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Old 2010-09-04, 12:26   #1
yamayamayama
 

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Default Is 100% cpu usage normal?

Hi,
A few hours ago I install prime95 on window 7 32 bit
I left all the default settings ( see attachment )

Is there any chance of damaging my computer?

thanks in advance
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Old 2010-09-04, 13:57   #2
retina
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100% is normal, and expected.

As for damage, well your cooling system might have to be monitored for signs of wear, but otherwise there is unlikely to be any damage.
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Old 2010-09-04, 14:01   #3
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Default CoreTemp

You can check your CPU temps for example with a prog called "CoreTemp". Cooler is better but no need to worry until 80° Celsius. Have a look for "TJmax" - the max. allowed temp for your CPU. Often at 99°C but not always.
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Old 2010-09-04, 16:04   #4
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Default How about older PCs?

Quote:
Originally Posted by Brain View Post
Cooler is better but no need to worry until 80° Celsius.
Brain,

Do you know if that applies to all computers (including older ones made 10-15 years ago), or mainly to modern computers (built within the last 2-3 years)?

Rodrigo
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Old 2010-09-04, 21:18   #5
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If you think that CoreTemp's 100C is the limit, you will be unpleasantly surprized when the magic blue smoke comes out.

There are special thermal specs that are different for different CPUs. Find official specs for your CPU on the manufacturer's site. For Phenoms, for example, see here, 62C is a recommended limit. Surely, you can go higher. The question is for how long.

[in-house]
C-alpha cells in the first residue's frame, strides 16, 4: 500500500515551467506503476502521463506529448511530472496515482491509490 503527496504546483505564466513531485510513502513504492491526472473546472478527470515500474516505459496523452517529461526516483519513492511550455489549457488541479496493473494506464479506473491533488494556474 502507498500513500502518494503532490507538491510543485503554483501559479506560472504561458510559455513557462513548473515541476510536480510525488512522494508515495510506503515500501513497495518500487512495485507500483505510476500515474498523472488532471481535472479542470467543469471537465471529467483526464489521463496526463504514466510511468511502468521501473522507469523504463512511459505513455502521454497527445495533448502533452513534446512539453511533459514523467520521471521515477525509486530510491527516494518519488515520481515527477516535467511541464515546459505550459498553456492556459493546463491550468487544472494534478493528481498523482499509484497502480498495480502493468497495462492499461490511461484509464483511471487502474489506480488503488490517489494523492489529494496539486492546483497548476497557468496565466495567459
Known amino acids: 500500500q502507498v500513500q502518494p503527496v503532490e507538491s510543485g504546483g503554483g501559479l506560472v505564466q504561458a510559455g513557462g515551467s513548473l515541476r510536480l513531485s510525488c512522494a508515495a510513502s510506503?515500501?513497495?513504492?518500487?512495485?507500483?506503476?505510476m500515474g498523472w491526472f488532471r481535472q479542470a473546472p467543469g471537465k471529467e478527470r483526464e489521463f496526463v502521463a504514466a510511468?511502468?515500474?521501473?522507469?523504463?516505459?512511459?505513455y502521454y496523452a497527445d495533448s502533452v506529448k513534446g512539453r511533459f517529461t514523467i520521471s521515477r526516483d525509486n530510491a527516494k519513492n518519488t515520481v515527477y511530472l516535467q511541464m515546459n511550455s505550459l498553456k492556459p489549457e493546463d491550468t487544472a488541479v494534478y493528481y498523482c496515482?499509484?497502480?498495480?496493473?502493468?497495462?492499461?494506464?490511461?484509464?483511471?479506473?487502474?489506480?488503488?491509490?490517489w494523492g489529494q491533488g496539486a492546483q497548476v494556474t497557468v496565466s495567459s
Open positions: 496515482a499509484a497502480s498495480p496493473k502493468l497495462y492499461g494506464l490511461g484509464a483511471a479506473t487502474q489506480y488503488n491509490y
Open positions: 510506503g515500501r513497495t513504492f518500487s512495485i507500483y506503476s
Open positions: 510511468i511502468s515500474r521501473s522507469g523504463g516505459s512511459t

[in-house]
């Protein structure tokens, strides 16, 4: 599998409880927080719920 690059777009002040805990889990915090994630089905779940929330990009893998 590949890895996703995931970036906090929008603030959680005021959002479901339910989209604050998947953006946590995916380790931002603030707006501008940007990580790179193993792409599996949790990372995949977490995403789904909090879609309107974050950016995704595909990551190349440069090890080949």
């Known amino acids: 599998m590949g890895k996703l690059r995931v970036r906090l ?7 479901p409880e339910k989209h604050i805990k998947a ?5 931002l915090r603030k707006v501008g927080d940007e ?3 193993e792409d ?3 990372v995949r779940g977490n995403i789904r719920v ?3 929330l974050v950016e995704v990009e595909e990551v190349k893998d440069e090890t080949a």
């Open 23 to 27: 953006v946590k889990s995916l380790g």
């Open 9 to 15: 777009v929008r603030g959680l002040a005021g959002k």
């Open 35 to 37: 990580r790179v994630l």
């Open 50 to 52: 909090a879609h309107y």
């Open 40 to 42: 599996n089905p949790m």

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Old 2010-09-05, 09:56   #6
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Default Attend the specs

You should always attend the CPU's thermal specifications. I don't know how older CPUs behave. 80°C is hot already = yellow traffic lights. Look for "Electromigration" in wikipedia. As far as I know, this problem scales linearly with temp. So double hot, half CPU lifetime. If it was 10 years, you drop to 5. But as long as you don't overclock, 100% CPU usage should be no problem. Thermal cooling is designed for that.

There are other threads here handling this topic in more detail.
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Old 2010-09-05, 22:44   #7
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Quote:
Originally Posted by Rodrigo View Post
Brain,

Do you know if that applies to all computers (including older ones made 10-15 years ago), or mainly to modern computers (built within the last 2-3 years)?

Rodrigo
As Brain said, check the thermal specifications for your particular model.

Different circuit and CPU architectures will throw off differing amounts of heat. Different cooling setups will vary in effectiveness. Reputable system constructors will install a cooling system adequate for the particular CPU in that system; others may not.

If your CPU's specs say the safe thermal range is up to 65 C, then it's irrelevant whether 80 C is okay on some other system.

On my own desktop system, when I start prime95 I hear the cooling fan speed up one step above what I hear for an idle system. As weeks pass (and dust accumulates inside the case), I begin hearing the fan speed up another step for a few seconds then step down again. When it reaches the point of almost always staying at that second speed, I shut down and clean out the dust.

Last fiddled with by cheesehead on 2010-09-05 at 22:50
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Old 2010-09-06, 04:15   #8
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Newer CPUs clock down if they are getting too hot. My Q6600 Quad is running at 80 C for over 4 years now.

Not that you need to run at that high temperature but it's not a problem if you want to do it. As long as you don't play around with the core voltage in an extreme way the chance to burn your cpu is none to zero.

Last fiddled with by joblack on 2010-09-06 at 04:18
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Old 2010-09-06, 04:38   #9
mdettweiler
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Quote:
Originally Posted by joblack View Post
Newer CPUs clock down if they are getting too hot. My Q6600 Quad is running at 80 C for over 4 years now.